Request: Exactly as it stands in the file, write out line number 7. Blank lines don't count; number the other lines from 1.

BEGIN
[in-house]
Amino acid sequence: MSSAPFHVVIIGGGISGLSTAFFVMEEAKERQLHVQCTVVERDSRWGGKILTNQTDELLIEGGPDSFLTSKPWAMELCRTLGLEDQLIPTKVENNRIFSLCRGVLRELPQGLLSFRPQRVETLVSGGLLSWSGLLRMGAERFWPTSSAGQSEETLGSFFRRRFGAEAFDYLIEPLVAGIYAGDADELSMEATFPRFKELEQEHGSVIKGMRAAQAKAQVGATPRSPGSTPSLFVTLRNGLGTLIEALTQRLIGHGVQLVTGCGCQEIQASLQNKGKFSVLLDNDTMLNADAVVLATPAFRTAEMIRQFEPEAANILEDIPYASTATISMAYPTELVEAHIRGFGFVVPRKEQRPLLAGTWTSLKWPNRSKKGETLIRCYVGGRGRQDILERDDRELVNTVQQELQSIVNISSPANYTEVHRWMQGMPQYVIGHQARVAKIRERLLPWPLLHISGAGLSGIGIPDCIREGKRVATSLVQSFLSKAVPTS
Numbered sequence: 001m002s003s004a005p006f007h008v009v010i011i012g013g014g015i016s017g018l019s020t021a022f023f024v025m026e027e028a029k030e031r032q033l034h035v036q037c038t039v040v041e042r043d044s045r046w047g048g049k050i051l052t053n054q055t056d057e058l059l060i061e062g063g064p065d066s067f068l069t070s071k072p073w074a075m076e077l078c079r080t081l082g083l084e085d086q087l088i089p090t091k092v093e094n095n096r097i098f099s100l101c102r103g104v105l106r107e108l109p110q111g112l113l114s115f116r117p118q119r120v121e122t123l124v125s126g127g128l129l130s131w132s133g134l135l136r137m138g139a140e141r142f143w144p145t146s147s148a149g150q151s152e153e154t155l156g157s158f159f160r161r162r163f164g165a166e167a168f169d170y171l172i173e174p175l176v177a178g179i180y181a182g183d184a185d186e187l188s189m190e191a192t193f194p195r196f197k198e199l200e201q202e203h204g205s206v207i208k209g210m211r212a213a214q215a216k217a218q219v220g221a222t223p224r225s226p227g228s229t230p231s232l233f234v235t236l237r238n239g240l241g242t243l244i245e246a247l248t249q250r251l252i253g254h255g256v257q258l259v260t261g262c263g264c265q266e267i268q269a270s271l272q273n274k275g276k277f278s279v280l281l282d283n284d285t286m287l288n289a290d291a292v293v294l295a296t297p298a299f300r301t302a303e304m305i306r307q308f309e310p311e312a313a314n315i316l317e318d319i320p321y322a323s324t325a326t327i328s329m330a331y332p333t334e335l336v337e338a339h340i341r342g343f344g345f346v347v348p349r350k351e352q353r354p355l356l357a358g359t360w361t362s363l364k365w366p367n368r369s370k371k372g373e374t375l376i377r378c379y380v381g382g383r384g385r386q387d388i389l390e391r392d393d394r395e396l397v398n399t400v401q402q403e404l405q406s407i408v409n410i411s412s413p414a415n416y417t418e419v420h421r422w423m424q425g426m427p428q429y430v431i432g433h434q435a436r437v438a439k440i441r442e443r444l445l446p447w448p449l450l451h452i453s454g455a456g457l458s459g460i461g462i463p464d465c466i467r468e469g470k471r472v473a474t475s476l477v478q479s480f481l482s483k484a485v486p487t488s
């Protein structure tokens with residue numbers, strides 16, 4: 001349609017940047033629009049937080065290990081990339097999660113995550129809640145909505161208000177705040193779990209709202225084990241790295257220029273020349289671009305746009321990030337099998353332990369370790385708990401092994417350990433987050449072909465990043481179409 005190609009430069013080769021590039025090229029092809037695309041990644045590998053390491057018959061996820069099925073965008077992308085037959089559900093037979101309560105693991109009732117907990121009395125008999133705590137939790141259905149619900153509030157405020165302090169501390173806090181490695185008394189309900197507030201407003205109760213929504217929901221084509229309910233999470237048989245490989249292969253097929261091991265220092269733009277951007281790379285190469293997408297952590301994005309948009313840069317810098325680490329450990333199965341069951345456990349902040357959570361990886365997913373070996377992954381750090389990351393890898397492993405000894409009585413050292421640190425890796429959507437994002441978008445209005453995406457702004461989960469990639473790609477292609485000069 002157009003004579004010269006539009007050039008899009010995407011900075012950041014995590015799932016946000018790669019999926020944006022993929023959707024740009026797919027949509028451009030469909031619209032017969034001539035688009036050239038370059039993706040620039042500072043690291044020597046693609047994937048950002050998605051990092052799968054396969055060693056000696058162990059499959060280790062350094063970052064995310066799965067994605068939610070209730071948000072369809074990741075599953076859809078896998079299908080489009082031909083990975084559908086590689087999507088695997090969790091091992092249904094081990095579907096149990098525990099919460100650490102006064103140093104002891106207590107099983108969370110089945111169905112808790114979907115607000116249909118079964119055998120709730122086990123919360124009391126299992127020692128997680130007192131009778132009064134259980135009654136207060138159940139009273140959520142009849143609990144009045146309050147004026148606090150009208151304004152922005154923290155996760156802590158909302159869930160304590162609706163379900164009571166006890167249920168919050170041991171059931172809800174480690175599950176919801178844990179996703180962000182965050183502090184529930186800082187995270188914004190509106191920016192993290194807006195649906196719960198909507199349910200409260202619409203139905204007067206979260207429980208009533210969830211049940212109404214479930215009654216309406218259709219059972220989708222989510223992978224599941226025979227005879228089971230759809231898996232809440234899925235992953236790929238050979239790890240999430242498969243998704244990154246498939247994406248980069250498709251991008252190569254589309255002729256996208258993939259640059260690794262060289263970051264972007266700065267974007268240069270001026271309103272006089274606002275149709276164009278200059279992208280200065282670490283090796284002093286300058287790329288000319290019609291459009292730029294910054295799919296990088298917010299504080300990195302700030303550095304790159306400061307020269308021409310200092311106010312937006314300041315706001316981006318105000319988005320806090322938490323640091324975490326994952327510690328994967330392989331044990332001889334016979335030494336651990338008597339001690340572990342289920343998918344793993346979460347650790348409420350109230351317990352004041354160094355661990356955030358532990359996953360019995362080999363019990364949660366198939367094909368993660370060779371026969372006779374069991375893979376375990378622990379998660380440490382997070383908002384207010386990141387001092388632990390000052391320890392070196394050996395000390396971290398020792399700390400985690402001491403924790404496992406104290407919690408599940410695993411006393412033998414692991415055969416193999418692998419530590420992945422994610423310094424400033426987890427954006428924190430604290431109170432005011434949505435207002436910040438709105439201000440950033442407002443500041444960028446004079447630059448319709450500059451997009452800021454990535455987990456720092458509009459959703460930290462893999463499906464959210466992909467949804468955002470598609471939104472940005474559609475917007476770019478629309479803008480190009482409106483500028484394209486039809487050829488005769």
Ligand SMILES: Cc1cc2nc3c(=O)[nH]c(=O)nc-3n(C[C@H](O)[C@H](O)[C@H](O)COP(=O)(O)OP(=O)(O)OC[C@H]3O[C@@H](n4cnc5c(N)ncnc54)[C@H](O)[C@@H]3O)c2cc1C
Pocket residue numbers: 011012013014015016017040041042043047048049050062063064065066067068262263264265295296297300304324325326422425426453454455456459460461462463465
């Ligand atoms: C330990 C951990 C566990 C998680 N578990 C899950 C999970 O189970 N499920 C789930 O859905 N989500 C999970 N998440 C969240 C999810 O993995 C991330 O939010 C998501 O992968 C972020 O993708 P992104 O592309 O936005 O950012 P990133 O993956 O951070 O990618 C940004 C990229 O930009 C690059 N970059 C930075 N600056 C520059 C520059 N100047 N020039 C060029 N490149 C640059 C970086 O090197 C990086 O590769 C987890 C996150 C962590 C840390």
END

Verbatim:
């Ligand atoms: C330990 C951990 C566990 C998680 N578990 C899950 C999970 O189970 N499920 C789930 O859905 N989500 C999970 N998440 C969240 C999810 O993995 C991330 O939010 C998501 O992968 C972020 O993708 P992104 O592309 O936005 O950012 P990133 O993956 O951070 O990618 C940004 C990229 O930009 C690059 N970059 C930075 N600056 C520059 C520059 N100047 N020039 C060029 N490149 C640059 C970086 O090197 C990086 O590769 C987890 C996150 C962590 C840390």